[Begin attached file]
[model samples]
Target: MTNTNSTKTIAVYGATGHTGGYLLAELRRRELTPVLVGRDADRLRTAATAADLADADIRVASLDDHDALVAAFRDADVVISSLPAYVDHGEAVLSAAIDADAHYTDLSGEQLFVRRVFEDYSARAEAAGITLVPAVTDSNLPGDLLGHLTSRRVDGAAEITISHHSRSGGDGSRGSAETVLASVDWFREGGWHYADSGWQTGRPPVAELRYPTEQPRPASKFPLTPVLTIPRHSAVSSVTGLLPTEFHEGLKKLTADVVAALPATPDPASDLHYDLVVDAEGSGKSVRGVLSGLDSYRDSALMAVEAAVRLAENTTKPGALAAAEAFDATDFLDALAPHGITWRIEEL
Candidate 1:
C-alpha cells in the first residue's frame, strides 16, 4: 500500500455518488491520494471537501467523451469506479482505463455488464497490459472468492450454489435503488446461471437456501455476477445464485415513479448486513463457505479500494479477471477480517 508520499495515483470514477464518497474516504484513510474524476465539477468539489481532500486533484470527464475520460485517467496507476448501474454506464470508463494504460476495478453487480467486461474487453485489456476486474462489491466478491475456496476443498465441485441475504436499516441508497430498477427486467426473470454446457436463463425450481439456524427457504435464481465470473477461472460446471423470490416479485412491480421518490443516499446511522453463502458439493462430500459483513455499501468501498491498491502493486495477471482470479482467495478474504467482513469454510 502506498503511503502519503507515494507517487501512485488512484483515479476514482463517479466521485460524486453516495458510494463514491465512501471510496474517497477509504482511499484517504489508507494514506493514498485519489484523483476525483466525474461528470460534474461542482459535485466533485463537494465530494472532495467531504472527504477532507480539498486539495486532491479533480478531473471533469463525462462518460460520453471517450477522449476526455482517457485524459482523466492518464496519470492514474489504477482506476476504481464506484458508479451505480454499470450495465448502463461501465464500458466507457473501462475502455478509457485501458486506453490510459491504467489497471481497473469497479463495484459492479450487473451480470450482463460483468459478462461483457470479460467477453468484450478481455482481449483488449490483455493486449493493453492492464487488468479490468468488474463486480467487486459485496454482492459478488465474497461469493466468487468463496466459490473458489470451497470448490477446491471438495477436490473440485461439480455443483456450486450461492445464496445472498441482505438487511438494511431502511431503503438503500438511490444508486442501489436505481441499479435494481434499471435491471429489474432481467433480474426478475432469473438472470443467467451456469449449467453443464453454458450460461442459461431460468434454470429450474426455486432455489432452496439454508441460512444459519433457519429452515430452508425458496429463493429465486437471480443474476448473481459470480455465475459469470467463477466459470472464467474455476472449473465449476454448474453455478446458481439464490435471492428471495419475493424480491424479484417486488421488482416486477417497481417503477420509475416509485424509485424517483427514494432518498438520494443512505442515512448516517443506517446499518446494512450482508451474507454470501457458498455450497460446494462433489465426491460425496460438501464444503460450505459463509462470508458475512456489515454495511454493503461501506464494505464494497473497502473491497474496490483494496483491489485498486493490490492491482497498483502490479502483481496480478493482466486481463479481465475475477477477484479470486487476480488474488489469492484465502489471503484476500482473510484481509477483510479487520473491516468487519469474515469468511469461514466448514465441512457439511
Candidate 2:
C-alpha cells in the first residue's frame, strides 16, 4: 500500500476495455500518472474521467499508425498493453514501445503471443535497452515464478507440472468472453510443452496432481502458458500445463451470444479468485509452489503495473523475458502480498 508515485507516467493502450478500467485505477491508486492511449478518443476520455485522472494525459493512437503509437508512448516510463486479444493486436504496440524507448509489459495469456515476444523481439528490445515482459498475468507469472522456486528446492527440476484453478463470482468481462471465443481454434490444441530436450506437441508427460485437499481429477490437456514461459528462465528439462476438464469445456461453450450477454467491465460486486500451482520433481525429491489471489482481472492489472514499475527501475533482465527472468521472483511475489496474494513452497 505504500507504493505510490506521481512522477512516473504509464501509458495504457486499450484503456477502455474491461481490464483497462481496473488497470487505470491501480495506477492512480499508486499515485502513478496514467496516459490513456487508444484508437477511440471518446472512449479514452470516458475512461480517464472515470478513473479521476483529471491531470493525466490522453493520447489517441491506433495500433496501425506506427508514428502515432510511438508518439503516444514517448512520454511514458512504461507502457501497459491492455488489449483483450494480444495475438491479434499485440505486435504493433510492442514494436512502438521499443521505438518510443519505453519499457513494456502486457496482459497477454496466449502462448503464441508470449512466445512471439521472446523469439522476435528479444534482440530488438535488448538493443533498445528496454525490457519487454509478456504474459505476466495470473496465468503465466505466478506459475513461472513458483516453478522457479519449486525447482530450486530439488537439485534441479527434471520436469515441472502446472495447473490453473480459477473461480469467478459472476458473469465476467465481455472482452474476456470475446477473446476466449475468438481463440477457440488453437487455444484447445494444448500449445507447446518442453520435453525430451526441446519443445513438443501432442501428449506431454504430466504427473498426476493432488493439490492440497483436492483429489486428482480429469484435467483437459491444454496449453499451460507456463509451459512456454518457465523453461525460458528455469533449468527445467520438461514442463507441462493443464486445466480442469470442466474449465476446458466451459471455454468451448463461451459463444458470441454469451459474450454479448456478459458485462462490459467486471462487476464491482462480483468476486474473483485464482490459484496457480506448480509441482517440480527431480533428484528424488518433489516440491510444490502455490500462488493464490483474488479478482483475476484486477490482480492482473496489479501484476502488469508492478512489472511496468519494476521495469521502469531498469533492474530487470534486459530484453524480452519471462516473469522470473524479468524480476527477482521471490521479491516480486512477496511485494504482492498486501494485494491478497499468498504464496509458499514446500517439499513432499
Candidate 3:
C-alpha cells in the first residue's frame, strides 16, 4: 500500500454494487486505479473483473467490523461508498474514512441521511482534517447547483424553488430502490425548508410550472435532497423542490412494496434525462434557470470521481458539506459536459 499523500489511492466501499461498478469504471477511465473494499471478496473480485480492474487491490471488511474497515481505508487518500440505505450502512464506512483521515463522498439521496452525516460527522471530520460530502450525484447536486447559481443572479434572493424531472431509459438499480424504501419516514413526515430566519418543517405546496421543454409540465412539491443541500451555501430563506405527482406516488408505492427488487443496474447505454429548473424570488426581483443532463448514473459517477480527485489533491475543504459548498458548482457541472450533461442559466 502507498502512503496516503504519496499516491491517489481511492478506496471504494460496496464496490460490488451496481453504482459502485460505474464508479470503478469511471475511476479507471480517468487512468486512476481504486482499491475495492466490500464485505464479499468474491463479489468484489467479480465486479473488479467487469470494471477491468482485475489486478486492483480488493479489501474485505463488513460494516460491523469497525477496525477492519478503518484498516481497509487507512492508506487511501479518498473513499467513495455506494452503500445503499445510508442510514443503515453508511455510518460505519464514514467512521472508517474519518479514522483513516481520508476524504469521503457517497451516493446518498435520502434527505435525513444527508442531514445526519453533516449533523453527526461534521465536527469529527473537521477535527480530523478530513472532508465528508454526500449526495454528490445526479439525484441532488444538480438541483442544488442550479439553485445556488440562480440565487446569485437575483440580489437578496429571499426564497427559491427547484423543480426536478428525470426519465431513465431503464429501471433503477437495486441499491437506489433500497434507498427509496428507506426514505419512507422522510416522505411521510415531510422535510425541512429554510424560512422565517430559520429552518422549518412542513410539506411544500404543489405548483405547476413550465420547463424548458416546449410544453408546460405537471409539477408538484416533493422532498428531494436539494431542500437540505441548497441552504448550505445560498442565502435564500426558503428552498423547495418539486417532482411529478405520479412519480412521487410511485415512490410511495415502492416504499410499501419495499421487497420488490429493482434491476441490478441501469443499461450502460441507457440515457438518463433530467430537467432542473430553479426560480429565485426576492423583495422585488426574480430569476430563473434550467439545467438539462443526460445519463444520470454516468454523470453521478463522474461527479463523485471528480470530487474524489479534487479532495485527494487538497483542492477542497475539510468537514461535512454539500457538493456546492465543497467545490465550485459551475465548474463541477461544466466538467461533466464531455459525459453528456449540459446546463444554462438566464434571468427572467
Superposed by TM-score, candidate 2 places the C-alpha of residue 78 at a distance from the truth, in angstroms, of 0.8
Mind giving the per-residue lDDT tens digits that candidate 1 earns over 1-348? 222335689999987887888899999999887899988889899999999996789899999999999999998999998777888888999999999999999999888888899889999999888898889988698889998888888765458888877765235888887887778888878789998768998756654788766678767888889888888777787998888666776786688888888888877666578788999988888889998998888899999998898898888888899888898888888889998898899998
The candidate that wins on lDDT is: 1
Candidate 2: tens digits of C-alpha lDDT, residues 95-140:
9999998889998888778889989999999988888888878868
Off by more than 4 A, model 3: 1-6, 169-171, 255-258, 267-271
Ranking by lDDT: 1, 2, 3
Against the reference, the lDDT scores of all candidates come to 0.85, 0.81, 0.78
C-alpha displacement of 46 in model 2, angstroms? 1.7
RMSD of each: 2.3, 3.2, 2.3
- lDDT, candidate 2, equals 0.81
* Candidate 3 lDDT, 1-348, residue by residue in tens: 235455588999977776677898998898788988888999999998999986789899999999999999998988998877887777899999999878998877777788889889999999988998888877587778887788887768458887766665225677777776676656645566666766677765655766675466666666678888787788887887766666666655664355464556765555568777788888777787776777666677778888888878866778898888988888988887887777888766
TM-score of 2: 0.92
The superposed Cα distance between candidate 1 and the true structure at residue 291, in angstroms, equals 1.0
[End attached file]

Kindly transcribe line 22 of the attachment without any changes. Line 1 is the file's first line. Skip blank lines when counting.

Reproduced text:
The superposed Cα distance between candidate 1 and the true structure at residue 291, in angstroms, equals 1.0